Avidyne signaled that it is joining the trend toward avionics with touchscreen controls by launching its IFD540 FMS/GPS/navcom system at EAA Airventure in Oshkosh, Wis., yesterday.
The IFD540 is a plug-and-play replacement for Garmin’s GNS530 navigator, slotting into the Garmin tray and taking up the same real estate on the instrument panel. The 10-watt IFD540 will begin shipping in the second half of 2012 and retails for $16,995. A 16-watt upgrade costs $4,995. Integrated Taws-B will be available for $7,995.
While replacement of a GNS530 with an IFD540 will require a supplemental type certificate (STC), configuration setup, flight-manual updates and logbook signoffs, the only airframe change required might be an antenna change. If the GNS530 already has the Waas upgrade, then the antenna shouldn’t need replacing. But if the IFD540 buyer wants Waas capability and does not have a Waas antenna, then he might need a new antenna. The IFD540 weighs exactly the same as the GNS530, thus no change to the weight-and-balance form is needed, although the equipment list will need updating.
In keeping with the goal of making its avionics easy to use, Avidyne retains dedicated buttons and line-select keys in the IFD540 so pilots can use either the touchscreen or physical controls. “You can do virtually all functions in either mode,” said Avidyne president and CEO Dan Schwinn. “We realized that dual-mode is a useful thing and think it’s going to be an advantage.”
The IFD540 includes Avidyne’s TSO-C146c SBAS/LPV FMS with GeoFill waypoint nomination and FMS Vectors capability, which eliminates flight-plan suspension associated with previous-generation systems, according to Avidyne. Other IFD540 features include Avidyne CMax approach charts and airport diagrams, standard Taws, 8.33-KHz frequency spacing and two-channel VHF com and nav radios.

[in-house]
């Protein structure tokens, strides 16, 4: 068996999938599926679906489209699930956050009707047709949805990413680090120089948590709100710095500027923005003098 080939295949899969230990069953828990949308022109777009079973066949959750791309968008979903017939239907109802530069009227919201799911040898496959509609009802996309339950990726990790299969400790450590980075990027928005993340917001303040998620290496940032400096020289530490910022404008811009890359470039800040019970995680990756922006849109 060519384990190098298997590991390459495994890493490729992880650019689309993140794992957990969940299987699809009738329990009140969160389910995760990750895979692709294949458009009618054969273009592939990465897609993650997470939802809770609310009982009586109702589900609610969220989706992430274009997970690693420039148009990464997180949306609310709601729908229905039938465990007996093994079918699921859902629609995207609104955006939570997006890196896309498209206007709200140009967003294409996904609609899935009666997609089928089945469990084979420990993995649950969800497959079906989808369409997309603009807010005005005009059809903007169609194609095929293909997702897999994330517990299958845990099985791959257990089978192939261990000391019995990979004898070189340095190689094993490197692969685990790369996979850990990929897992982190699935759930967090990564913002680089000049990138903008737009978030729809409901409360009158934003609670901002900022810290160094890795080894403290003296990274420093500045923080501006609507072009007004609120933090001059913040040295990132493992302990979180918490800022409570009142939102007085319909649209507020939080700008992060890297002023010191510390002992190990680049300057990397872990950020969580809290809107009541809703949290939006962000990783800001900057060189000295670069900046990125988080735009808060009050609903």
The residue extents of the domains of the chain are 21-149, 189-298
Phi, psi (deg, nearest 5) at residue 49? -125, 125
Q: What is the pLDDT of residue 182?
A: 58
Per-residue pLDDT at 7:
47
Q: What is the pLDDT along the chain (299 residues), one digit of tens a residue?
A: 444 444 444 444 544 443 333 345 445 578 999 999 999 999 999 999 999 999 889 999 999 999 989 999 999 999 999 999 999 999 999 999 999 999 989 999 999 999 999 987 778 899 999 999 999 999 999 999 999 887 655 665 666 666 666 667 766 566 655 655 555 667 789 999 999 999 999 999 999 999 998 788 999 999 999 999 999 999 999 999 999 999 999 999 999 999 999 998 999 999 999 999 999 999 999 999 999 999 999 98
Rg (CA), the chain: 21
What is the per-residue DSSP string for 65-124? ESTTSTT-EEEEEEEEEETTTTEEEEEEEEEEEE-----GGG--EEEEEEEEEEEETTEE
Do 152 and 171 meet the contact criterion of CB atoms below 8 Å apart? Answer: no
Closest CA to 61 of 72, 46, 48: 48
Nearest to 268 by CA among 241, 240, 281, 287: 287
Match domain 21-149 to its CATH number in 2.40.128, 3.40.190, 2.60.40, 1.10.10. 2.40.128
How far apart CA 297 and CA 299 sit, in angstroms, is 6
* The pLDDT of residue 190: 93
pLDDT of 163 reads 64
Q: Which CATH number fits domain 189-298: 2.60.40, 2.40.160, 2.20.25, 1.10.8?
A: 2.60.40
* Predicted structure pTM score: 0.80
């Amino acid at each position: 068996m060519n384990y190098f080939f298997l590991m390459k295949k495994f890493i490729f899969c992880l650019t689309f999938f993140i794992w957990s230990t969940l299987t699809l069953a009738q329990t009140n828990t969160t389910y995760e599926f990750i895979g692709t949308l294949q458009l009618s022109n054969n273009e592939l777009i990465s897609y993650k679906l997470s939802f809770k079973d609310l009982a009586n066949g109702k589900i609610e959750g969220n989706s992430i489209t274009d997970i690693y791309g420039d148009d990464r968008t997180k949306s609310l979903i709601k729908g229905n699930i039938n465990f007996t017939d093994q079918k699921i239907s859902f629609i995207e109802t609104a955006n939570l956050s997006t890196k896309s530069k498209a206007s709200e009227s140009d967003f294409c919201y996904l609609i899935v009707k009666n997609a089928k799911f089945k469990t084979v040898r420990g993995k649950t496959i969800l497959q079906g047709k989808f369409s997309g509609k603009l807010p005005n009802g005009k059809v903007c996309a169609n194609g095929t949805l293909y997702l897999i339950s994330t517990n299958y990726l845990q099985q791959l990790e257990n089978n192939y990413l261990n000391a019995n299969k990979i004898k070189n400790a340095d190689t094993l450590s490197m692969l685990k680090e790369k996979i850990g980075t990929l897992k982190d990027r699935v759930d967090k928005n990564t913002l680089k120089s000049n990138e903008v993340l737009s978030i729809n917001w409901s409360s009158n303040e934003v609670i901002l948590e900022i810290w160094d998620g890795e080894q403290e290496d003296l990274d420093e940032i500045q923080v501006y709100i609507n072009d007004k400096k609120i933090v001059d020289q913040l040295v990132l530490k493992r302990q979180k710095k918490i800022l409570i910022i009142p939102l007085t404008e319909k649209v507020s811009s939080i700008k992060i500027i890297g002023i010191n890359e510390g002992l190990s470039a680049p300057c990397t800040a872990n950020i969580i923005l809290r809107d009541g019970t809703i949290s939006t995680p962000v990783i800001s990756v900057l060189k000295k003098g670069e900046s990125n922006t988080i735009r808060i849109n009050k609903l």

The IFD540 is part of a suite of plug-and-play avionics offered by Avidyne, which also includes the AMX240 stereo-audio panel, AXP340 mode-S extended-squitter transponder and attitude-based DFC90 digital autopilot.
The new AMX240 replaces the Garmin GMA340 and PS Engineering PMA800 audio panels. AMX240 features include marker-beacon receiver, Bluetooth interface (music and full-duplex cell phone), dedicated volume controls for the pilot’s, copilot’s and passengers’ intercoms, a replay button for repeating the last ATC communication and a dedicated split button so one pilot can transmit on Com 1 while the other pilot can transmit on Com 2. Priced at $2,395, the AMX240 will begin shipping in early 2012.
Avidyne’s new mode-S AXP340 transponder is a slide-in replacement for the popular Bendix/King KT76A and KT78A Mode A/C transponders. Retailing for $5,995, including connector kit and mounting tray (but not antenna), the AXP340 will be available early next year, in plenty of time to meet the 2020 ADS-B out mandate.
Key features of the AXP340 include direct-entry numeric keypad, one-touch, VFR-code entry, stop-watch and flight timers, altitude alerter, pressure altitude and GPS lat/long readout and flight ID entry. The AXP340 is panel-mounted and is a Class 1 (240-Watt) mode S, Level 2 1090 MHz datalink transponder with extended squitter.
Adding ADS-B functionality to the AXP340 transponder requires some additional wiring, according to Avidyne. Full ADS-B out and in capability is now available from Avidyne, by installing the AXP340 and TAS600A traffic advisory system, which displays ADS-B signals from ground radar and other 1090 MHz ADS-B out-equipped aircraft. The TAS600A also displays targets from non-ADS-B-equipped aircraft.